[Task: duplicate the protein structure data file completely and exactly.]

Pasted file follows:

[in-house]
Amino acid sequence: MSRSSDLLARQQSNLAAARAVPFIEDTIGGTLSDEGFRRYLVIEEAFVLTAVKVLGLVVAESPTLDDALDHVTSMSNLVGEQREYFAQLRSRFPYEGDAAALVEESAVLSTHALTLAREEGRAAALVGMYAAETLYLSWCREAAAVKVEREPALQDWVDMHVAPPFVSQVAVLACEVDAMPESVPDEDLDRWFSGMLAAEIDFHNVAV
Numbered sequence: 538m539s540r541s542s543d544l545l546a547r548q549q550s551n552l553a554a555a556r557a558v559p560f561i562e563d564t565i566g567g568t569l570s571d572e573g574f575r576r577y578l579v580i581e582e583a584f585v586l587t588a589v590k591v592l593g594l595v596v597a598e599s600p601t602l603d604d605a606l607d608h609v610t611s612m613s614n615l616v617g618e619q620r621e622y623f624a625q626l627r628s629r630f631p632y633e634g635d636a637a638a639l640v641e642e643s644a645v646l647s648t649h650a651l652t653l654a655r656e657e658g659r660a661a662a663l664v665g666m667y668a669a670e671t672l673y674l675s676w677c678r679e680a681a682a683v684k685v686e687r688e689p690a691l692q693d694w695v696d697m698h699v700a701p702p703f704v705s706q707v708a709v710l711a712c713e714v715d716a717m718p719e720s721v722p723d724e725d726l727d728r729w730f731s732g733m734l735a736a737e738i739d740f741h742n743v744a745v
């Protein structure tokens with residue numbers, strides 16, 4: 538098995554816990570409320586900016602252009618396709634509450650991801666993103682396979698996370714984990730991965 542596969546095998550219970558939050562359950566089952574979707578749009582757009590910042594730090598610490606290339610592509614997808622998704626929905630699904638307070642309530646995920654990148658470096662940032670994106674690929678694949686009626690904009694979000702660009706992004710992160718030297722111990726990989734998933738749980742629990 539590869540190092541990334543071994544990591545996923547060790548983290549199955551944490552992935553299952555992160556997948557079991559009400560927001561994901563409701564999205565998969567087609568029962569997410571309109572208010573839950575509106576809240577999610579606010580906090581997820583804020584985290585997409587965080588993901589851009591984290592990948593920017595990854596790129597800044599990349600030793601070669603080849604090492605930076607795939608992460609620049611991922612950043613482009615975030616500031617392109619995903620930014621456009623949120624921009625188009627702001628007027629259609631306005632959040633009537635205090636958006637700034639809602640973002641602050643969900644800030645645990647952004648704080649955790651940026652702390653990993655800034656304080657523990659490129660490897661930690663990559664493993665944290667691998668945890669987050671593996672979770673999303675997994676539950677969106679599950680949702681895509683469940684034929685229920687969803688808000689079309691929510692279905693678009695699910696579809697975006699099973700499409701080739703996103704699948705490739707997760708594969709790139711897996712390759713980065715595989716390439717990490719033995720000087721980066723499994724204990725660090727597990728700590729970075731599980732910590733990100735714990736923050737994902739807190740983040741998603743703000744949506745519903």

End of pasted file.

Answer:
[in-house]
Amino acid sequence: MSRSSDLLARQQSNLAAARAVPFIEDTIGGTLSDEGFRRYLVIEEAFVLTAVKVLGLVVAESPTLDDALDHVTSMSNLVGEQREYFAQLRSRFPYEGDAAALVEESAVLSTHALTLAREEGRAAALVGMYAAETLYLSWCREAAAVKVEREPALQDWVDMHVAPPFVSQVAVLACEVDAMPESVPDEDLDRWFSGMLAAEIDFHNVAV
Numbered sequence: 538m539s540r541s542s543d544l545l546a547r548q549q550s551n552l553a554a555a556r557a558v559p560f561i562e563d564t565i566g567g568t569l570s571d572e573g574f575r576r577y578l579v580i581e582e583a584f585v586l587t588a589v590k591v592l593g594l595v596v597a598e599s600p601t602l603d604d605a606l607d608h609v610t611s612m613s614n615l616v617g618e619q620r621e622y623f624a625q626l627r628s629r630f631p632y633e634g635d636a637a638a639l640v641e642e643s644a645v646l647s648t649h650a651l652t653l654a655r656e657e658g659r660a661a662a663l664v665g666m667y668a669a670e671t672l673y674l675s676w677c678r679e680a681a682a683v684k685v686e687r688e689p690a691l692q693d694w695v696d697m698h699v700a701p702p703f704v705s706q707v708a709v710l711a712c713e714v715d716a717m718p719e720s721v722p723d724e725d726l727d728r729w730f731s732g733m734l735a736a737e738i739d740f741h742n743v744a745v
């Protein structure tokens with residue numbers, strides 16, 4: 538098995554816990570409320586900016602252009618396709634509450650991801666993103682396979698996370714984990730991965 542596969546095998550219970558939050562359950566089952574979707578749009582757009590910042594730090598610490606290339610592509614997808622998704626929905630699904638307070642309530646995920654990148658470096662940032670994106674690929678694949686009626690904009694979000702660009706992004710992160718030297722111990726990989734998933738749980742629990 539590869540190092541990334543071994544990591545996923547060790548983290549199955551944490552992935553299952555992160556997948557079991559009400560927001561994901563409701564999205565998969567087609568029962569997410571309109572208010573839950575509106576809240577999610579606010580906090581997820583804020584985290585997409587965080588993901589851009591984290592990948593920017595990854596790129597800044599990349600030793601070669603080849604090492605930076607795939608992460609620049611991922612950043613482009615975030616500031617392109619995903620930014621456009623949120624921009625188009627702001628007027629259609631306005632959040633009537635205090636958006637700034639809602640973002641602050643969900644800030645645990647952004648704080649955790651940026652702390653990993655800034656304080657523990659490129660490897661930690663990559664493993665944290667691998668945890669987050671593996672979770673999303675997994676539950677969106679599950680949702681895509683469940684034929685229920687969803688808000689079309691929510692279905693678009695699910696579809697975006699099973700499409701080739703996103704699948705490739707997760708594969709790139711897996712390759713980065715595989716390439717990490719033995720000087721980066723499994724204990725660090727597990728700590729970075731599980732910590733990100735714990736923050737994902739807190740983040741998603743703000744949506745519903």